I'm happy to say that World Cup fever is alive in the United States. Although some Americans are disheartened after seeing their team soundly thrashed by the Czech Republic on Monday, groups of soccer fans continue shouting at televisions and slurping beer at bars across the Front Range.
There's nearly a month to go in the tournament that began last week in Germany. I've been watching Cups regularly since 1982, after getting hooked on the sport in England as a boy.
So far, I've run into gaggles of Brits, a drunken and ecstatic German, a handful of Koreans and, of course, a couple of Mexicans screaming, "Goooooal!"
When I ask them what their hopes are for the Cup, many of these foreign-born Americans want to see the U.S. national soccer team win.
"I think this just might be their year," says my friend Dave from England, despite Monday's loss. "I just wish more Americans cared about it."
Dave's hope is that Americans embrace the optimistic spirit surrounding the world's most popular sport. Unlike baseball's World Series, the World Cup is truly a competition in which every nation in the world competes. Over a four-year period, 32 teams earn spots in the final tournament.
Yet American newspapers have focused more on the regrettable sideshows that always accompany the Cup.
For example, Germany's far-right National Democratic Party promised violence against Muslims. Activists, celebrities and politicians gathered in anti-neo-Nazi rallies to show that the vast majority of Germans are not xenophobes.
And Sen. John McCain, R-Ariz., pled in vain to the Fdration Internationale de Football Association (FIFA) that Iran be booted out of the Cup. He made the request because Iran's president, Mahmoud Ahmadinejad, denied the Holocaust happened.
The World Cup isn't a cure for these complex problems. It's a place where these problems might fade a bit as the world agrees on one thing: Soccer is a beautiful game.
My Irish friend Glenn jokes that the Iranians, who scored a goal in a loss to heavily favored Mexico, will finally have something other than a nuclear-arms program to be proud of. But while taking a stab at Iran, he also speaks with sincerity. "Maybe they'll cheer about something for a while," he adds.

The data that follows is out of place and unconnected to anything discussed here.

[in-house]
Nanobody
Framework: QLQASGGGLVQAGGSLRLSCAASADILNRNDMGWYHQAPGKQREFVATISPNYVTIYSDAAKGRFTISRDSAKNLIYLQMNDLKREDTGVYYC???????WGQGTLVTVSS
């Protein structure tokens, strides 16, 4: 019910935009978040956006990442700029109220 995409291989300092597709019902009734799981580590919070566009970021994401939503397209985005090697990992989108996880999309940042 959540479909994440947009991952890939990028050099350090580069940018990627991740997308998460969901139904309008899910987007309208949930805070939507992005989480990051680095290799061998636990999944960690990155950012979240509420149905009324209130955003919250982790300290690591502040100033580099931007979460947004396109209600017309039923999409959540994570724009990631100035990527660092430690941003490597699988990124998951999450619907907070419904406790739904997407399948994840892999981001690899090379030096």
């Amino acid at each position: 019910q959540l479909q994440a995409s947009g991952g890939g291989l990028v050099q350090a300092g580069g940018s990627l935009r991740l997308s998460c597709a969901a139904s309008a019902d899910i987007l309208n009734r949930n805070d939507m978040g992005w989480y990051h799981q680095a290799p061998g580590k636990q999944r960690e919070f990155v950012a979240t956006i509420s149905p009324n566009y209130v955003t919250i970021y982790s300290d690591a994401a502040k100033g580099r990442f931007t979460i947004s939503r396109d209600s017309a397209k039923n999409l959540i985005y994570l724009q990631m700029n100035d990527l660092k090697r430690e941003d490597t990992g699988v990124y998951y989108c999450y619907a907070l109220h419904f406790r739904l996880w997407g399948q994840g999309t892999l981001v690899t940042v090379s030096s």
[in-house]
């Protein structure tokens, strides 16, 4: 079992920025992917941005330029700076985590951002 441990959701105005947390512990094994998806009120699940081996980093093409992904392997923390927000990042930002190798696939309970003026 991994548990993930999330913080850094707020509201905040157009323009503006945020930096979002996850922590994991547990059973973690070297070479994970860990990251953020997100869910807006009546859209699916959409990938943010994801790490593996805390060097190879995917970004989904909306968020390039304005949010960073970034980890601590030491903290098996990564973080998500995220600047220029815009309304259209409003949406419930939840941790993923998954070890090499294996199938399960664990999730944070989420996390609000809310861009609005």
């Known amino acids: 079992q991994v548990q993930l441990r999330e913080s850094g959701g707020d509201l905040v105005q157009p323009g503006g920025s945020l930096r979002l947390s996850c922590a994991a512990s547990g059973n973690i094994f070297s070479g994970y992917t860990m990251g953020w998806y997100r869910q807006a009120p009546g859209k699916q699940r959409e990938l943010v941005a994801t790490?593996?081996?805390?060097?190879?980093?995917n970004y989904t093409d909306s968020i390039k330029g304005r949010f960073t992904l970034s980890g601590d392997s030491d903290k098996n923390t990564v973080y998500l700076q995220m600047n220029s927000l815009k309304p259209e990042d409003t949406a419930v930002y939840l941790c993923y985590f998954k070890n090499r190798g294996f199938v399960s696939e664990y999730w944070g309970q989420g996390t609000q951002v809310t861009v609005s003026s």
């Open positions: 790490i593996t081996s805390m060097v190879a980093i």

Although one billion people roughly a sixth of the globe's population will tune into or attend matches, the perception among many Americans is that soccer is boring.
I note that this allegation emanates strongly from old-guard newspaper columnists, who probably are scared to death that their readers might just become as obsessed with the game as Malcolm Glazer, the owner of the Tampa Bay Buccaneers football team. He recently became owner of Manchester United, one of England's best soccer clubs, to the chagrin of English soccer fans.
But watch the sport and respect it. Few sports can match the excitement of Brazil's Ronaldinho striking curving goals over the keeper from long ranges. England's David Beckham, known largely for his off-field entourage, still deserves Pel's praise as one of the game's all-time greats.
Watching such players is like watching basketball's Michael Jordan in his heyday. And you don't have to be 6-foot-6 to become a pro soccer player. One of America's stars, Landon Donovan, is a mere 5-foot-8 and 148 pounds.
After the Americans' 3-0 loss Monday, my friend Dave, recalling that the United States is ranked fourth in the world, still held hope.
"They just need to start working as a team," he said, adding that Italy on Saturday is a make-or-break match.
That's the spirit.
The best match so far? Sweden vs. Trinidad and Tobago, the smallest country ever to qualify for the World Cup.
Even after one of its players was ejected for a penalty, Trinidad and Tobago held on to a 0-0 draw versus heavily favored Sweden.
I've never seen so many people who know so little about a country cheer so hard for no goals. Sweden's pride is bruised, and Trinidad and Tobago's Cup hopes are alive.
How can that be boring?